Michael Andrew Nduati talks about M-kura, a mobile voting platform, and how it can increase transparency during elections
The 2007/2008 post election violence is still fresh in the minds of many. While most of us were eagerly waiting to have a new government, what we did not know was that it could not come on a silver platter. Lives were lost and property destroyed due to what was termed as a poorly managed election. Inspired by these experiences, Michael Andrew Nduati decided to develop a mobile voting application that could make elections more user friendly and transparent.
“I thought there needed to be a better way to carry out elections whereby relaying and tallying results did not involve human interaction,” he says. Besides, queuing during voting day is sometimes very strenuous and time consuming. Wanting to address these challenges and inspired by the success of M-pesa, the Mobile Kura (M-kura) app was born.
Unable to raise funds to engage a software engineer to build the software, Nduati decided to work with an app developer, a university student at the time, with whom he walked step by step with the little money he could afford in bits until they came up with a working app.
“The app has been improved significantly,” he offers. It has even been linked to the Independent Electoral and Boundaries Commission (IEBC) through their developers’ link program. Besides, it can pick up data in real time as if in an actual election from presidential to the ward level with their photos and party symbols.
Why adopt mobile voting
Mobile voting can be done through the USSD or short codes provided by the mobile phone signal carriers. Nduati says that this method can be used by virtually all phone users even those without internet. It is also relatively cheaper as it is SMS based compared to internet based options.
It can also be conducted through mobile phone apps, accessed via mobile devices or the internet. This method allows voters to see the photos or the party symbols of those they are voting for. However, it requires users to be in an internet connected zone or have an internet connected device. In Kenya nonetheless, internet penetration is low especially in the rural areas.
According to Nduati, mobile voting could benefit the government and other stakeholders in a great way. During the general elections, the government can save tax payers money that could be directed to other pressing development projects.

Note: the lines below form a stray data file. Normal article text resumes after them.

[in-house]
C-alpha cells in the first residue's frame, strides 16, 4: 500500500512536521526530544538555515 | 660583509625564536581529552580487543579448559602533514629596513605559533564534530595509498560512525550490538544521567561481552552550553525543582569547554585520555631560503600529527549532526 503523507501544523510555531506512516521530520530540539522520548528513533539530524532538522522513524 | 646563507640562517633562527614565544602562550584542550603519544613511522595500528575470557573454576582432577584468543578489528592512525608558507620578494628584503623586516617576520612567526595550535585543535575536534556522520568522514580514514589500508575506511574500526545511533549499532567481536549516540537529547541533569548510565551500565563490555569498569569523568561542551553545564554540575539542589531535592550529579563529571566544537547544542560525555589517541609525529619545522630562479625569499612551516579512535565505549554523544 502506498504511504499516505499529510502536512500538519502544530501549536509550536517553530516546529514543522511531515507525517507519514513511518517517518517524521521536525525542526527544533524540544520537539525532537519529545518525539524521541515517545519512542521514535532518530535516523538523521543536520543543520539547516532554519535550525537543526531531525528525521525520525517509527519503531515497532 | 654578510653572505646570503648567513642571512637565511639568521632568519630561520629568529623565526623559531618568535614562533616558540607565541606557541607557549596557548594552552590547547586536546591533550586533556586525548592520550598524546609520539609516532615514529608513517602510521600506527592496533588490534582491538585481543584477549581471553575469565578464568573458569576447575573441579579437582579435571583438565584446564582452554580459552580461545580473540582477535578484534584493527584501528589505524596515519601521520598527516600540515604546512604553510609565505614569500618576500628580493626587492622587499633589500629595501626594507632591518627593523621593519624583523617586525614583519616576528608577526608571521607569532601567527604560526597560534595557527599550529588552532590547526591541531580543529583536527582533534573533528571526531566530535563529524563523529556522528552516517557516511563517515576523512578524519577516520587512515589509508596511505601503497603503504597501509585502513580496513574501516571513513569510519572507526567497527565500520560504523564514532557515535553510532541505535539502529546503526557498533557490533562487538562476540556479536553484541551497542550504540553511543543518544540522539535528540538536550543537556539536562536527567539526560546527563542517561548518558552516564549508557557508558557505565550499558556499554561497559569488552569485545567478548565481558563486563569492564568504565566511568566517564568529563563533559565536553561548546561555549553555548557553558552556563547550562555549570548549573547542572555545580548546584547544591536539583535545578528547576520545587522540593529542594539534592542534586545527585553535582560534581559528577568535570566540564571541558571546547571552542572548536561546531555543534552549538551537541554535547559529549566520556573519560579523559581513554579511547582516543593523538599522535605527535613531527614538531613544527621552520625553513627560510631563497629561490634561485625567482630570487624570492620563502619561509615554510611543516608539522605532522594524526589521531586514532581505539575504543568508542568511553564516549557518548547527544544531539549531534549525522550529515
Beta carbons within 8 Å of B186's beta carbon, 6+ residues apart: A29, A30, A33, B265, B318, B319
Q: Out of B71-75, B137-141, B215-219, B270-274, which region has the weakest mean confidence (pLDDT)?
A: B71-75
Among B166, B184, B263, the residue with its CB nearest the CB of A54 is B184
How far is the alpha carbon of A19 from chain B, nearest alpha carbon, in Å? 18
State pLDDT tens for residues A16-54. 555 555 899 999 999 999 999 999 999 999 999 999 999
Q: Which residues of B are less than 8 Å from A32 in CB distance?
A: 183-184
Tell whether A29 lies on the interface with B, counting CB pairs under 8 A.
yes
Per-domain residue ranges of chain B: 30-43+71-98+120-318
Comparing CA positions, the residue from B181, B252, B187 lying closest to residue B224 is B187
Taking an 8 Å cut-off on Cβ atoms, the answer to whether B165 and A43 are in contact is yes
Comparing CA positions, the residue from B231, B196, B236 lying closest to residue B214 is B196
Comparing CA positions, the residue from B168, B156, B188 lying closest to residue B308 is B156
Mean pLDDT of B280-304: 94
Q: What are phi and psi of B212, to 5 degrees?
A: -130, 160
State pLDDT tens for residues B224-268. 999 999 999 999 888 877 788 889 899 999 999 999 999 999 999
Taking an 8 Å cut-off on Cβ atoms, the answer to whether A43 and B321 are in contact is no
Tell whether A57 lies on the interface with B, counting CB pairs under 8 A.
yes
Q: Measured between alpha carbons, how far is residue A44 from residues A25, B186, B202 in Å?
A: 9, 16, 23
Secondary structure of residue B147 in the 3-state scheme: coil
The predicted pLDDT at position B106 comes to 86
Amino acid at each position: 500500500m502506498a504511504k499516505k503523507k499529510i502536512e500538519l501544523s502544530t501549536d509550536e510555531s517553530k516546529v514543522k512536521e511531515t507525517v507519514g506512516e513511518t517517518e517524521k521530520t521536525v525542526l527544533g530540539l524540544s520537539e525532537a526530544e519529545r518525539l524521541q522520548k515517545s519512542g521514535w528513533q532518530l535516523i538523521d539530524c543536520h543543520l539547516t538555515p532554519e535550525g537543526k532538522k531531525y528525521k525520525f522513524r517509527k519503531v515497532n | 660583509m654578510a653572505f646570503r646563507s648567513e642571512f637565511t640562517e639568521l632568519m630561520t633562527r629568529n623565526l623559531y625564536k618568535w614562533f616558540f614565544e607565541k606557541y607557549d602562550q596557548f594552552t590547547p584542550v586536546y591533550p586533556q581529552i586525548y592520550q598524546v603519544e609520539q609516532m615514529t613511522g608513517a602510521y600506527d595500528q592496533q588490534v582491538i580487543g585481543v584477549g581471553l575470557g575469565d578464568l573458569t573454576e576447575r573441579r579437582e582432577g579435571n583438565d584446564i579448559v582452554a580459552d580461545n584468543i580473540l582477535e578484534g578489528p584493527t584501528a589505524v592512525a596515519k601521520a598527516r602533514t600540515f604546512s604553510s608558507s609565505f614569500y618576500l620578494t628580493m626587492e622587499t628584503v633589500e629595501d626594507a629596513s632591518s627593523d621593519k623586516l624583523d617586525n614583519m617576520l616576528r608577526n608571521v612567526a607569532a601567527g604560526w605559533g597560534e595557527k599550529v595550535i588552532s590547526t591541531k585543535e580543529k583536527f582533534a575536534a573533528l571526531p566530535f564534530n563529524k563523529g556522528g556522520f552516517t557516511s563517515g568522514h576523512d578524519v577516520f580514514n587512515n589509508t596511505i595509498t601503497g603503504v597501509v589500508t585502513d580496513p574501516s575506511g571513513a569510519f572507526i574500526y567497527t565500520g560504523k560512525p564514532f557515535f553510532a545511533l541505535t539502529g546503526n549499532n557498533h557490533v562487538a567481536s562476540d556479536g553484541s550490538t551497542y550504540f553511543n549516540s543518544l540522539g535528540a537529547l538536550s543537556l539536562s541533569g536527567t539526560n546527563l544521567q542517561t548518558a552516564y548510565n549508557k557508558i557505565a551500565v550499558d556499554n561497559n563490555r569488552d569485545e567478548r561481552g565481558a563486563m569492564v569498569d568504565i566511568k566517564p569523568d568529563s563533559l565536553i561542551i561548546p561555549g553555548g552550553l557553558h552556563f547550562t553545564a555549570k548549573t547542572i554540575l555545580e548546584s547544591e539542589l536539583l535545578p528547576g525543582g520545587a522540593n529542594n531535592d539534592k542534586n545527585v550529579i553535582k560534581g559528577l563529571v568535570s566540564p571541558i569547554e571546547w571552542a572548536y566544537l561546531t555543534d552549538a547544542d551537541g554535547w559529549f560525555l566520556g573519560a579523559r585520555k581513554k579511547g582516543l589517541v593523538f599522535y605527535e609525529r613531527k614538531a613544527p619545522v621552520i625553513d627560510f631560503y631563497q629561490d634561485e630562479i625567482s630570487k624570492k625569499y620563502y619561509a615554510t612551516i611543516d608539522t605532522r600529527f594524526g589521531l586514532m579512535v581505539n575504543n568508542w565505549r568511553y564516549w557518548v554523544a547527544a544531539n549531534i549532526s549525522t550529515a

Mobile voting allows people to vote from the comfort of their homes or offices. This means that all people who are eligible to vote including the old, the sick, persons with special needs and those in Diaspora, who are generally left out would have a chance to practice their democratic rights. It could also save voters money huge sums of money as some have to travel to the poling stations in which they registered. “Voting should be a simple and fast exercise so that voters can go back to their businesses and in cases where the voters are few get instant results,” says Nduati.
The young innovator further notes that voters can make informed choices as they are able to look up the candidates they see on their phones before they make the final decision. This is unlike the normal queuing where such a luxury is not available and many people barely know some candidates even on the Election Day.
Most remarkably, unlike in the manual counting and tallying which is archaic in this day and age, mobile voting allows for instant results tallying and relaying once the votes are cast. It also reduces rigging, ballot stuffing as well as manipulation of the voting process.
The innovators are looking forward to partnering with the government in order to come up with a way forward on mobile phone voting.
M-kura had the privilege to participate and emerge a finalist in “The next big thing” (first group), a competition run by the Business Daily, an initiative of the Nation Media Group.
The App is also running on Android and is available for free download at the Google play store. “Our App picks up data from the developers’ link at IEBC so its gives one the feel of a real election in Kenya.”
Besides, M-kura is protected under the copyright act by the Kenya Industrial and Property Institute.
Despite these successes, Nduati reveals that they have experienced their own fair of challenges. To start with is access to finance which affects most young innovators in the country. “We do not have a lot of “angel investors” here in Kenya and those there always take up less risky ventures or wait until one has made a break through to come in,” he says.
Besides, many young innovators are reluctant to expose their innovations for fear that they may be stolen or copied by other people with more resources.
“Kenya lacks a proper platform in which innovators can showcase their ideas to potential investors.” This makes it had for young entrepreneurs to get funding considering that here in Kenya, selling a brilliant idea on a piece of paper is almost impossible.
In spite of this, Nduati feels that having a great team behind your innovation is the key. He also urges the government to support and fund local startups.
Currently, Nduati and his team are developing a portal “electionskenya.co.ke” whose objective is to make politicians answerable to their electorates. It is also meant to improve governance.